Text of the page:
By Dallin Overstreet

Congress will soon be passing a new Covid-19 stimulus package worth nearly $900 billion. This new package provides relief for individuals that are unemployed by extending federal unemployment insurance programs as well as providing an additional $300 per week benefit. It also includes loans for businesses, testing and vaccine funds, as well as funding for schools. The stimulus deal also includes $600 checks that will be paid to individuals who earn under a certain amount per year. As most know, the passage of this stimulus bill has been plagued by partisan bickering, with both Democrats and Republicans fighting to include provisions that the other side disagrees with. But will this stimulus package even do what legislators say it will?

Cost Breakdown

The various parts of this bill all will have their individual price tags. Below is a breakdown of the costs by provision:

  • Food Assistance: $13 billion
  • Rental Assistance and extension of eviction moratorium: $25 billion
  • Testing and Vaccine distribution funds: $69 billion
  • Funding for Colleges and Schools: $82 billion
  • Stimulus Checks (Assuming every US citizen receives one): ~ $200 billion
  • Additional Unemployment Insurance Compensation: ~ $230 billion
  • Loans for businesses struggling to pay rent and workers: $284 billion

I’ve included estimates of the total cost of stimulus checks and Unemployment Compensation in this breakdown. Their individual costs may be slightly higher or lower than what is shown here.

Considerations

Will this new stimulus package really accomplish what lawmakers think it will? Most likely not. Economists agree that the downturn we are experiencing is due to a decrease in demand as well as a consequence of the many lockdowns instituted by states and cities due to the spread of the Coronavirus. People are still scared to go out to stores and restaurants, worried that they might contract the virus. Until the pandemic is brought under control, either by limiting its spread or minimizing its negative effects through treatments and the vaccine, demand probably won’t recover quickly. And as long as governments continue to impose lockdowns, many shops and restaurants won’t have a chance to sell their goods and services.

The $600 payments most likely will not provide much stimulus to the economy and it will do very little to help the average American. Considering the fact that the average monthly rent in United States is around $1,300 – $1,400, the average US family of about 2.5 individuals would only receive enough to pay about a month’s worth of rent. Congress isn’t doing much of a favor to anyone by returning $600 worth of their prior earned income they paid to the government in taxes.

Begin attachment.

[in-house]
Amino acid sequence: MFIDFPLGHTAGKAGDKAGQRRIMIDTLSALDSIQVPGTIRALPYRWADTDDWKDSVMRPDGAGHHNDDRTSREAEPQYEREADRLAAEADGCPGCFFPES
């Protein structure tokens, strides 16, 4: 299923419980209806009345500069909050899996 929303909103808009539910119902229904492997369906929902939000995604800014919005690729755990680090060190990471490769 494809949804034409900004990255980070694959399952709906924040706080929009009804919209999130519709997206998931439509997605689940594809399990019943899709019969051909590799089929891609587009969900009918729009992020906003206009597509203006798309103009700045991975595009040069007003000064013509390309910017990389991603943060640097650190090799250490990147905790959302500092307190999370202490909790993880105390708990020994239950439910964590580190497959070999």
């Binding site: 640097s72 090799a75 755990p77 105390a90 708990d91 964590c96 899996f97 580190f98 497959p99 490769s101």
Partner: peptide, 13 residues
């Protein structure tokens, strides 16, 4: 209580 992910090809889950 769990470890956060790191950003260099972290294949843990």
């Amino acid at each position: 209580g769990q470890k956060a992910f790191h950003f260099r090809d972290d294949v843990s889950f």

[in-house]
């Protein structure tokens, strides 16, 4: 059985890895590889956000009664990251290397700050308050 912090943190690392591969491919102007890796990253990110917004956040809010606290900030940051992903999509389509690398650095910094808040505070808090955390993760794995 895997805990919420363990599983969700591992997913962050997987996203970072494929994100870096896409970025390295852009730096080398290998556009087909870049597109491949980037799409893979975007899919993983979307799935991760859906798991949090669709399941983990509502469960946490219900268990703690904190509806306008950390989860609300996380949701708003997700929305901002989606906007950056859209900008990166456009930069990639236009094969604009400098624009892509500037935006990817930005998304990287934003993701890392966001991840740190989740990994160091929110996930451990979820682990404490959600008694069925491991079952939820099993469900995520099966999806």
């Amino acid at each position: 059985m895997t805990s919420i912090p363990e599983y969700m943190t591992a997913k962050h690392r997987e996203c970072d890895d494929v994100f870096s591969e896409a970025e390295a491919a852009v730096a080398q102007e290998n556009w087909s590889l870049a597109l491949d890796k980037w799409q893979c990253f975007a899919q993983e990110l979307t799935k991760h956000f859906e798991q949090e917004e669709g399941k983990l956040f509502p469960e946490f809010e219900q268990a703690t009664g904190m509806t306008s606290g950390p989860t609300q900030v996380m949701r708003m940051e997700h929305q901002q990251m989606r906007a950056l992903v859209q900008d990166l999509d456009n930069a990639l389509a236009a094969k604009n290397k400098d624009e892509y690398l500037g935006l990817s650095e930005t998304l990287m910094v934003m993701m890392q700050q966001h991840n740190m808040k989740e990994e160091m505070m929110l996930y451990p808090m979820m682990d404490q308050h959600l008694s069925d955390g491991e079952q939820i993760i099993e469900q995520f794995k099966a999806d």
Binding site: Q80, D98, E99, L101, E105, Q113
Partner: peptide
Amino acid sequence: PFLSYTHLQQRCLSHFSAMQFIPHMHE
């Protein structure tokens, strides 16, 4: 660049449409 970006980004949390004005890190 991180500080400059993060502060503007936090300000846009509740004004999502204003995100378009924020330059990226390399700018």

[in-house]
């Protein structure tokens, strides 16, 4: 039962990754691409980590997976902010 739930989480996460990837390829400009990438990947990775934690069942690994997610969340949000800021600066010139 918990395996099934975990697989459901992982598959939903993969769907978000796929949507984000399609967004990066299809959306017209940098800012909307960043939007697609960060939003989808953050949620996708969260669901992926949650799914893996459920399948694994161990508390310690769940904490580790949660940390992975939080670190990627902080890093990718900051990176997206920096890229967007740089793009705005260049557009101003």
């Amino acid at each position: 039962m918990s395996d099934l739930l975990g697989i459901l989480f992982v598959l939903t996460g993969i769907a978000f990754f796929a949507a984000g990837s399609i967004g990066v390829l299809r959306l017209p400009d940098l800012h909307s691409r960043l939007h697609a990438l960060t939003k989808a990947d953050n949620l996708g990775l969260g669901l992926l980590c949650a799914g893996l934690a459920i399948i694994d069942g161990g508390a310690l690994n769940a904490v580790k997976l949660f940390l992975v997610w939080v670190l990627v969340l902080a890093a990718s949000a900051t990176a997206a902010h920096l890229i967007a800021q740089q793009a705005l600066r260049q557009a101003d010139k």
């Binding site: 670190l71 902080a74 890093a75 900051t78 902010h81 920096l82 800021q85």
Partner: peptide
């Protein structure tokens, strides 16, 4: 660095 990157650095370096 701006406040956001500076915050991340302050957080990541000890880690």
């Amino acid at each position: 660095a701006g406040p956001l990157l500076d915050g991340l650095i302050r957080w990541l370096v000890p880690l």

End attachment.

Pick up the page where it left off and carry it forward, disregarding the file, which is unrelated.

The additional funding to extend and increase Unemployment Insurance compensation may help to offset some of the lost earnings in the economy. But it is important to remember that unemployment spiked in the U.S. due to the Coronavirus and government lockdowns that have prevented many businesses from operating. Only “essential” businesses, a very subjective regulation, have been allowed to operate at times across the states, depriving many business owners and employees their livelihood. Government intervention has largely been responsible for the economic downturn as these lockdowns have occurred. The national debt has increased so dramatically since the start of the pandemic because of bad management by the government and overreaching regulatory interventions in the economy. Had governments merely instituted mask mandates to limit the spread of Covid-19, many businesses most likely would not be in the position they are in, unable to pay employees and keep them employed. With these additional Unemployment Insurance provisions, Congress is merely addressing the symptoms of the disease plaguing the economy.

The same argument can be made against the funds available in loans for businesses affected by shutdowns and the economic downturn. Government’s intervention in the economy is causing huge distortions in markets, causing businesses to fail and increasing unemployment. By implementing less intrusive regulations, such as a mask mandate, the U.S. economy may have been spared from much of the economic downturn that has occurred.

The funding provided for additional testing and vaccination distribution obviously could help the economy return to normal faster, helping to manage the spread of the virus. But again, the other smaller cost provisions in the bill are addressing the symptoms, not the actual issue causing so much economic distress in America.

Conclusion

Congress should really consider what they intend to accomplish with such a massive stimulus package. The government spending $900 billion to address many issues government caused in the first place seems rather redundant and makes you consider the additional effects that this stimulus package will have in the long-run. With Senator Schumer saying that this is “A good start”, this may not be the last badly designed stimulus package we will see.

Featured Image Credit: By Becker1999 from Grove City, OH – IMG_0144, CC BY 2.0, https://commons.wikimedia.org/w/index.php?curid=89249992

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